The lineup for the feature race saw the first six positions going to Hansgen (on the pole), Don Sessler in a Porsche RS, Bob Holbert in another RS, Fred Windridge in the Lister-Corvette, Gus Andrey's Testa Rossa, and Rich Lyeth (who weighs in like big Bill Spear) in the mighty Hi-Tork Special. It appeared that there would be three close battles among the 15 care on the grid.

Not unexpectedly, Hansgen took the lead from the starting flag, followed by Sessler in the Porsche, Windridge, Holbert and Andrey. The second lap saw the Lister-jag building up its usual lead, but with the Lister-Corvette in second and closing up the distance. Holbert was now in third, staying right with Windridge, Sessler having pranged his left front fender on a slower car and losing four places. On the third go-round it was obvious that Windridge was determined to pass Hansgen and was getting the Lister-Corvette's full cooperation for the first time this year. One more lap saw  Windridge do it, and on the fifth he held down first place. Hansgen now was being followed by Holbert in the RS, with Andrey and Sessler behind him, Sessler having picked up three places in 4 laps.

Windridge stayed in first for only 2 more laps and then unaccountably began falling back. He held onto second for 2 laps and then slowly dropped behind Holbert. Sessler, and Andrey, finally not coming around on the 12th lap. It turned out that Windridge while still in the lead, had ruptured his gas line. When the gas began rising over his shoe tops he decided it was time to quit and pulled off the road.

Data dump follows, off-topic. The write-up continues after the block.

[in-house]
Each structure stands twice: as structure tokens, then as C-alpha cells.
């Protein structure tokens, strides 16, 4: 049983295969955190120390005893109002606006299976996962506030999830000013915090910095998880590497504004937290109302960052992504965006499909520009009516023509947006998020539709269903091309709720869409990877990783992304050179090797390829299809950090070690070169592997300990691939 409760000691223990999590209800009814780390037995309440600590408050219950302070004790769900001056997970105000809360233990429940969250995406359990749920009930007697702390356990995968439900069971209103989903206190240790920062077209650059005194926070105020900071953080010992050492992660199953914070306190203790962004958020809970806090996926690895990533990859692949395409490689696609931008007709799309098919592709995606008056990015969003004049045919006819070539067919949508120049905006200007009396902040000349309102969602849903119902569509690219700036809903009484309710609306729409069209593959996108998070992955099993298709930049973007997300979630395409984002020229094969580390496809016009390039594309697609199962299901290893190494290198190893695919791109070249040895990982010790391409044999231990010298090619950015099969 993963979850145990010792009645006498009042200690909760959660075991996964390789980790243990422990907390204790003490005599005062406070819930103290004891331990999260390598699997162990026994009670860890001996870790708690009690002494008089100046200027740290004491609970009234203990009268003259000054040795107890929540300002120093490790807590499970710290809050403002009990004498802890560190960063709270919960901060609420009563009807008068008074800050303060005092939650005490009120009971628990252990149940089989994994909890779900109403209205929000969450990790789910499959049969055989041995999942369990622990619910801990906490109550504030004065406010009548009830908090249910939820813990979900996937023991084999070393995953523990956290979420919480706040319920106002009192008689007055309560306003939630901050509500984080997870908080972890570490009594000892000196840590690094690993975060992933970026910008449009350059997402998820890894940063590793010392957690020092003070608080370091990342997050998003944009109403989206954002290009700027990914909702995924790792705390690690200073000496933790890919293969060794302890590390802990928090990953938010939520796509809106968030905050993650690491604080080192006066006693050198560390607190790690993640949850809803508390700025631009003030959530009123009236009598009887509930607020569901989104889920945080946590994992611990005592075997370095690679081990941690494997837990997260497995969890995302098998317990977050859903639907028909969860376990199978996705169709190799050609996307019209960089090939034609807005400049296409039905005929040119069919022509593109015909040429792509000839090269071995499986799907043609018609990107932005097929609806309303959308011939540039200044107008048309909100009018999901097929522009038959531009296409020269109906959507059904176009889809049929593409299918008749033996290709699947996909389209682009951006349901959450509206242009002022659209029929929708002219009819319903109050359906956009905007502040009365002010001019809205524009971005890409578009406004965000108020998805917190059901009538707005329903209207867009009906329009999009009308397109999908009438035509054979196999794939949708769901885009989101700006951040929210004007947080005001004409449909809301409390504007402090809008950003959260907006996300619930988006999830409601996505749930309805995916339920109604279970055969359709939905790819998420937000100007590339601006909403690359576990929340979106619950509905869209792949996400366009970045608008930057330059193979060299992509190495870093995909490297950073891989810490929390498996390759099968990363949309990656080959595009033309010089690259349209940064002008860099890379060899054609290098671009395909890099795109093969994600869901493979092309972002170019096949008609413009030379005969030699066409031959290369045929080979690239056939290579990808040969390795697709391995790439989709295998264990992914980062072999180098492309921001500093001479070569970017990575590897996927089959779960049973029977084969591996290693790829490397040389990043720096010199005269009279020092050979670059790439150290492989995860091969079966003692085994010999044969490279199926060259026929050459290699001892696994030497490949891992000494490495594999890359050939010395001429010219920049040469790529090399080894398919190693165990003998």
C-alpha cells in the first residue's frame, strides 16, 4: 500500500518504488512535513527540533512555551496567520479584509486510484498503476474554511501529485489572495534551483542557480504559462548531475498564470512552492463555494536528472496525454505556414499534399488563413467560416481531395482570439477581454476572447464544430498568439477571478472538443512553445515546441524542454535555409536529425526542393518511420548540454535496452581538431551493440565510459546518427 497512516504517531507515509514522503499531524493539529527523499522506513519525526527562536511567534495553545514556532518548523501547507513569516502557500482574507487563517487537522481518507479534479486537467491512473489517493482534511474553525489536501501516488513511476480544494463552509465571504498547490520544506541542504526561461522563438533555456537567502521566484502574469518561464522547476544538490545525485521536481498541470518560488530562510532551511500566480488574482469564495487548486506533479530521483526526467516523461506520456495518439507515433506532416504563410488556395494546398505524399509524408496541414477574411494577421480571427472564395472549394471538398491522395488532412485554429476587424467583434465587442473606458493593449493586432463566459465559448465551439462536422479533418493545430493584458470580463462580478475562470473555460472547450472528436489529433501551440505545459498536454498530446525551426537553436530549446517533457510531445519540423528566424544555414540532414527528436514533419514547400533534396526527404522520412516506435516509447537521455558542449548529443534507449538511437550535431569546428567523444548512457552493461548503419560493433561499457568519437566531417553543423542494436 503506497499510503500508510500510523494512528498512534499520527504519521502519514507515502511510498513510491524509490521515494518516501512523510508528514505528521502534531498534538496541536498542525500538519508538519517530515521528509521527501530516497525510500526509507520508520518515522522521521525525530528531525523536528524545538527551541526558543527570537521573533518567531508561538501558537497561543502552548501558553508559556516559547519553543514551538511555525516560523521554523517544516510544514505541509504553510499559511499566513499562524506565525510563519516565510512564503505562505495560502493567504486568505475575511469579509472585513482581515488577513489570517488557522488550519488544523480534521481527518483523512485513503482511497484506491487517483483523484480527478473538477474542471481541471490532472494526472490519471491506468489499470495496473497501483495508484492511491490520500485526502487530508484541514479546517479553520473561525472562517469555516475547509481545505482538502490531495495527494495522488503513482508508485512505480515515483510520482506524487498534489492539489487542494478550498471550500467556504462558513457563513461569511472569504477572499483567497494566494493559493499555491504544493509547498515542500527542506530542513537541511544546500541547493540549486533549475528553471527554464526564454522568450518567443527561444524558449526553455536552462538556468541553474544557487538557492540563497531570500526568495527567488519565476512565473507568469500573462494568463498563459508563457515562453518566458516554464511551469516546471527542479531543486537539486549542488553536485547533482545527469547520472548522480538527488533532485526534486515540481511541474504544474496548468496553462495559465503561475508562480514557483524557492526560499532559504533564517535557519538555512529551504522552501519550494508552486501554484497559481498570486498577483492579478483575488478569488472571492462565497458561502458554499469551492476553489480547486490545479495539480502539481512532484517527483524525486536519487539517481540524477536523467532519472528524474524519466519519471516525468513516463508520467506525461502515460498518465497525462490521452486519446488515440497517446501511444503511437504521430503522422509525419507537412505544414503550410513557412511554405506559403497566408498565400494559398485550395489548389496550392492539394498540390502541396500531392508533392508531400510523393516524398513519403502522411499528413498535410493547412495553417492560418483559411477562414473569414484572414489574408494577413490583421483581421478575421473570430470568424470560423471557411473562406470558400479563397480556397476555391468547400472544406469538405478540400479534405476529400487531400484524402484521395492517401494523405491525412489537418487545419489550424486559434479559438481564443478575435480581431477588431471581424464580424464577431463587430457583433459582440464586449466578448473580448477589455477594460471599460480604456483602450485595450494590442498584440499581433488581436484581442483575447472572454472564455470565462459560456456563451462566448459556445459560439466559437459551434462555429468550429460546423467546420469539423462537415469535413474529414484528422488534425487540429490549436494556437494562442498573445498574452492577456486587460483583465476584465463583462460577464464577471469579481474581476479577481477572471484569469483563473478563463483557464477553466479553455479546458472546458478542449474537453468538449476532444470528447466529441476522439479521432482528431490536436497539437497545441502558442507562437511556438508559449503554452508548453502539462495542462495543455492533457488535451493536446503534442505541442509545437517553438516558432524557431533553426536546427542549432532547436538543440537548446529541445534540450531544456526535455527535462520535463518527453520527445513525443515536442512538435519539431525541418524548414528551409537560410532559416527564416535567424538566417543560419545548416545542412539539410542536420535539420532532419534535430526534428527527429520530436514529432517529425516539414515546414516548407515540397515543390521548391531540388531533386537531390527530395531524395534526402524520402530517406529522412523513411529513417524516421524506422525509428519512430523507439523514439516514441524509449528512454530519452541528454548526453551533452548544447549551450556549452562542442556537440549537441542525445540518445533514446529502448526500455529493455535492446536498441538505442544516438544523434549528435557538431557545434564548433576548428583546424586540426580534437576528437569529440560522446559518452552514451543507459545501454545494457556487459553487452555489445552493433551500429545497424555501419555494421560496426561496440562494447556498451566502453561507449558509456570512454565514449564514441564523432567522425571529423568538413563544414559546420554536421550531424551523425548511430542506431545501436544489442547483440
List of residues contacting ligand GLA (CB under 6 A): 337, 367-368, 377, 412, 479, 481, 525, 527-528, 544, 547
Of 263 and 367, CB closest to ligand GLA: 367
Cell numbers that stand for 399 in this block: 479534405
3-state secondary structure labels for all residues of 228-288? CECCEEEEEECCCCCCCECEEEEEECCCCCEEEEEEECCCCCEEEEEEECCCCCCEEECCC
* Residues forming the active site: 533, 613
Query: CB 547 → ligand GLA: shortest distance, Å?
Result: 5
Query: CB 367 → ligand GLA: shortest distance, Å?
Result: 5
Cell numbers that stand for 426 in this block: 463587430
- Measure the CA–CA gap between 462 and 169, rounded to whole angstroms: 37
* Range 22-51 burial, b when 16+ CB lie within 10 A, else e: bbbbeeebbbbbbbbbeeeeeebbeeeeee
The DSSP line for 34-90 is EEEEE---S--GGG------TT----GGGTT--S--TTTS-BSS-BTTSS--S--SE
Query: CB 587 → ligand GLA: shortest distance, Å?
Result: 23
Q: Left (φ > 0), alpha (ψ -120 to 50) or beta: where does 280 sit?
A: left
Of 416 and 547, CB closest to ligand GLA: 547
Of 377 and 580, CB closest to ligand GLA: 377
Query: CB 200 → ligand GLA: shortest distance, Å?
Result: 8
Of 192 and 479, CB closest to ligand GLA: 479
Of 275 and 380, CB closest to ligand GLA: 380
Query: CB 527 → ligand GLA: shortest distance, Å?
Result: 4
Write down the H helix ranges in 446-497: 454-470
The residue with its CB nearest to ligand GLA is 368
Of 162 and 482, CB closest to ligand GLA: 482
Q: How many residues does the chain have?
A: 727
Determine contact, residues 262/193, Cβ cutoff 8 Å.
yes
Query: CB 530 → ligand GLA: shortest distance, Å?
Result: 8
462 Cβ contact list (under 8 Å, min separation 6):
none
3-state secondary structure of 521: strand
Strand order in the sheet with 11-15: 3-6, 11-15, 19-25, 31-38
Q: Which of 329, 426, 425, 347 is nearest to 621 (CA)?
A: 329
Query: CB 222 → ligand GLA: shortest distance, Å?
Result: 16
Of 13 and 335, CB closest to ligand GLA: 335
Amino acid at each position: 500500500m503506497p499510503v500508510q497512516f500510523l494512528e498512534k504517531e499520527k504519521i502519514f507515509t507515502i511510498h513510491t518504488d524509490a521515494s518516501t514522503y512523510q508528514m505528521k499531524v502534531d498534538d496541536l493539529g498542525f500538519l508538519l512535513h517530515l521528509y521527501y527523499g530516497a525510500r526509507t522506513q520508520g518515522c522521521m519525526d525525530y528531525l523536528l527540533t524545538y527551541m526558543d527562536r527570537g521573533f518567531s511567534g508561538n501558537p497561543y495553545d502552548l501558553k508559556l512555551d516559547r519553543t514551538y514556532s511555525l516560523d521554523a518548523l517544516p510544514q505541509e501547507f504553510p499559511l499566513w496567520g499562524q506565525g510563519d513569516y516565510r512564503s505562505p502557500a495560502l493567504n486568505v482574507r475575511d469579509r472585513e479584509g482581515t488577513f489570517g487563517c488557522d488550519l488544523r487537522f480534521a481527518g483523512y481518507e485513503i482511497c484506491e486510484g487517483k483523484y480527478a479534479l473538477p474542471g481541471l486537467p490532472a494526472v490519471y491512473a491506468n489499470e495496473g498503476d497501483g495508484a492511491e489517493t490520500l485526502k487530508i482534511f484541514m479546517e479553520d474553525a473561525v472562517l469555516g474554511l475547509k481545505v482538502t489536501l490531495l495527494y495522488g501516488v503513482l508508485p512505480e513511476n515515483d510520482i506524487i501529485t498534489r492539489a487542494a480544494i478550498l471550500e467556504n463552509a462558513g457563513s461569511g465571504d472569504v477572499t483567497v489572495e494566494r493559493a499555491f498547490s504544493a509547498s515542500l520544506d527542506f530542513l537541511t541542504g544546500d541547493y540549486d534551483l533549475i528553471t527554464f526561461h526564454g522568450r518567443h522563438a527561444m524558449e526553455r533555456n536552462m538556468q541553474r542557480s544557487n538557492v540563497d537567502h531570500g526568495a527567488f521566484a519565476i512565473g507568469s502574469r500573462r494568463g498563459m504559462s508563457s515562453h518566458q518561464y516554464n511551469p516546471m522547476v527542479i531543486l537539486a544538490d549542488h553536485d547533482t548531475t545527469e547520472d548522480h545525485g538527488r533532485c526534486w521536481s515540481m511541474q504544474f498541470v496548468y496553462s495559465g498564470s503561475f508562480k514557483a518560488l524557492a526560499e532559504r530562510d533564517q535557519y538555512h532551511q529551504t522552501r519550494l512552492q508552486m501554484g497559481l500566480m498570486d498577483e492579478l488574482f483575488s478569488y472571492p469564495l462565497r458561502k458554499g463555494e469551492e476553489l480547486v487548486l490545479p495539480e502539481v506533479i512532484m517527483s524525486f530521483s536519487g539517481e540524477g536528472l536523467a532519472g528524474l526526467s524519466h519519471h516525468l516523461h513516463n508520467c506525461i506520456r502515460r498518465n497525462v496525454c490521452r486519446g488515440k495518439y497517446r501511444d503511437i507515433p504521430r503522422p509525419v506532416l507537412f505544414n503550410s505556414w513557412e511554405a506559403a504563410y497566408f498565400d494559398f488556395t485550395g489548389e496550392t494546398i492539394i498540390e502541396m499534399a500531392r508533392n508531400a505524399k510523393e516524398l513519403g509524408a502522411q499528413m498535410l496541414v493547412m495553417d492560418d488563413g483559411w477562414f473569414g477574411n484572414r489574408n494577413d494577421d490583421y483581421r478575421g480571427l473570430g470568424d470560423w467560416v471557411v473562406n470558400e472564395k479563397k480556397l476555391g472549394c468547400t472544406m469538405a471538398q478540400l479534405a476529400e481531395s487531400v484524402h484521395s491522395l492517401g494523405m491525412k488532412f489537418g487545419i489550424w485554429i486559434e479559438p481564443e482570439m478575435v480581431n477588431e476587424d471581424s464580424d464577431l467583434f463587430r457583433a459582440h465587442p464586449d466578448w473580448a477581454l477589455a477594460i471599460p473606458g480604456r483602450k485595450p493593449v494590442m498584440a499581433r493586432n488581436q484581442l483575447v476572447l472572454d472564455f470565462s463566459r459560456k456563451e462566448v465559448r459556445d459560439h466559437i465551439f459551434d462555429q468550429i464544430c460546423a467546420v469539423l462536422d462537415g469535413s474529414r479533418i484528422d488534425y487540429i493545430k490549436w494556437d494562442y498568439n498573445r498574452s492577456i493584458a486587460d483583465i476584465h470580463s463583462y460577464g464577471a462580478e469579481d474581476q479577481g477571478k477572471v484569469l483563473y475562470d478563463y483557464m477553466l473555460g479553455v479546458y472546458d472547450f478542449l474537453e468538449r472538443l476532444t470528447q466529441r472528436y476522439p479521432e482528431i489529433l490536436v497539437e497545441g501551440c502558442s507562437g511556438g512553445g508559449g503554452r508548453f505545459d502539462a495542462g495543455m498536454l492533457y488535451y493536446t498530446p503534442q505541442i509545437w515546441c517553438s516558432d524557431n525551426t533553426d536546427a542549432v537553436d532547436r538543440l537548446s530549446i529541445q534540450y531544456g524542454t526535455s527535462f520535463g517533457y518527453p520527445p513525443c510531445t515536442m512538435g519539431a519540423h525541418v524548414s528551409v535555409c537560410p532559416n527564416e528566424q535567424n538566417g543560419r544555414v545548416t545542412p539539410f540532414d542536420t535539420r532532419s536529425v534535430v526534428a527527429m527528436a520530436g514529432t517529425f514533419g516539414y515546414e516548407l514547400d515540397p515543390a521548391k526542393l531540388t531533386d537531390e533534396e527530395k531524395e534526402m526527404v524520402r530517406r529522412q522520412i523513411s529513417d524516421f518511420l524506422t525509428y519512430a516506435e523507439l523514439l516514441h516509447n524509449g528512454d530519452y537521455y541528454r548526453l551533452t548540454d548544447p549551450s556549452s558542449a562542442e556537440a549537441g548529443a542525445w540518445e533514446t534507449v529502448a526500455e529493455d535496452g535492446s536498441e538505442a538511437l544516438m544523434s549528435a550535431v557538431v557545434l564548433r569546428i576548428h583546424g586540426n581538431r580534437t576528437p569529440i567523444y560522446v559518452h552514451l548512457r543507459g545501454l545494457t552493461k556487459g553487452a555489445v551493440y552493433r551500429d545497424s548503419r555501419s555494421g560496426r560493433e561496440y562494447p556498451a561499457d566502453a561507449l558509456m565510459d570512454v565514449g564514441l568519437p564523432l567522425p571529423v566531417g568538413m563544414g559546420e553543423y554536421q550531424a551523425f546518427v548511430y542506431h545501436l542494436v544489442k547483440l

At about the time the Lister-Corvette began to retire, Holbert developed trouble of his own when he sprang an oil leak. He held on to second place until the 11th lap and then, rather than ruin the engine, pulled into the pits for the day. Gus Andrey ran into Holbert's oil slick on the same lap and spun out, but re-entered without loss due to the two retirements.

On the 15th, the halfway point, Hansgen had the lead sewed up and was averaging over 79 mph. Farther back Sessler held down an uncontested second, but there was still a little life left in the race with the fight for third between Newt Davis in the Porsche and Lyeth's Special. On the 17th lap Davis pulled around Lyeth and managed to stay in third until the 24th, when Lyeth decided to rejoin the fray. The 25th lap saw the two Mutt and Jeff cars change places three times, the little Porsche able to outcorner the Special in the chicanes but losing ground fast to the brute torque on the straights. Lyeth came around in third on the next lap and Davis grimly came into the pits. A broken throttle linkage had taken him out for the day.

Fourth place now passed to Andrey, but the lead piled up by the first three cars was too much for even his accomplished driving to overcome. As Hansgen finished his final lap be left the field of cars far behind, having lapped everyone but Sessler and Lyeth in the process. Hansgen's first also firmly settled the class C crown on his head for 1958. Both Davis and Holbert were forced to push their cars across the line, to take second and third in F modified behind Sessler. With all his troubles, Holbert cinched his class win for the season, as did Andrey in class E modified and Baptista in F modified - despite coming in sixth behind Floyd Aaskov.

Altogether, it was quite a satisfactory weekend: good weather and good racing made a fitting climax to an exciting season.